Wednesday, February 16, 2011
ROCHESTER, Minn. — Graves' disease, a disorder where the thyroid gland makes more thyroid hormone than the body needs, is five to 10 times more common in women than men. The February issue of Mayo Clinic Women's HealthSource covers Graves' disease, including symptoms, diagnosis and treatment options.
Graves' disease is an autoimmune disorder where the immune system attacks the thyroid, a butterfly-shaped gland at the base of the neck. As a result, the thyroid overproduces two thyroid hormones that help regulate metabolism — essentially, how the body uses energy. With excess thyroid hormones, bodily functions can shift to overdrive. Signs and symptoms can include irritability, heart palpitations, trouble sleeping, fatigue, weight loss, sensitivity to heat, anxiety, changes in the menstrual cycle, frequent bowel movements and an enlarged thyroid gland.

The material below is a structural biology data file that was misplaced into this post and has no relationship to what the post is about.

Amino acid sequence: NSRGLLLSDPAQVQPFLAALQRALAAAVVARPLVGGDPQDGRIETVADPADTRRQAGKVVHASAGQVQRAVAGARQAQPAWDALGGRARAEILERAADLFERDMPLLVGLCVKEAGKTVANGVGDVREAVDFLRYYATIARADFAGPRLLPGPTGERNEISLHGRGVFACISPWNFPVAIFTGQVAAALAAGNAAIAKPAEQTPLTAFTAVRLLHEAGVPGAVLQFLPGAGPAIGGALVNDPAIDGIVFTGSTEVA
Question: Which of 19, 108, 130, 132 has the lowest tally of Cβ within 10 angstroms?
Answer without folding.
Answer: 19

Graves' disease can occur at any age, but most often starts before 40. The disease is rarely life-threatening. But without treatment, Graves' disease can lead to heart problems and weak and brittle bones. Diagnosis is based on an exam, medical history and laboratory tests.
Treatment options include:
Anti-thyroid medications: Drugs such as methimazole (Tapazole) prevent the thyroid from producing excess hormones. After treatment for one to two years, some people return to normal thyroid production and no longer need the medication.
Radioactive iodine therapy: This therapy, which is swallowed as a liquid, destroys thyroid cells so less thyroid hormones are produced. A typical result is an underactive thyroid. In that case, people must take synthetic thyroid hormones for life. This therapy is considered low-risk for most adults.
Surgery: Surgeons remove most or all of the thyroid gland. Again, synthetic hormones must be taken for life. Surgery may be recommended for people who can't tolerate anti-thyroid medications or who don't have success with radioactive iodine therapy.
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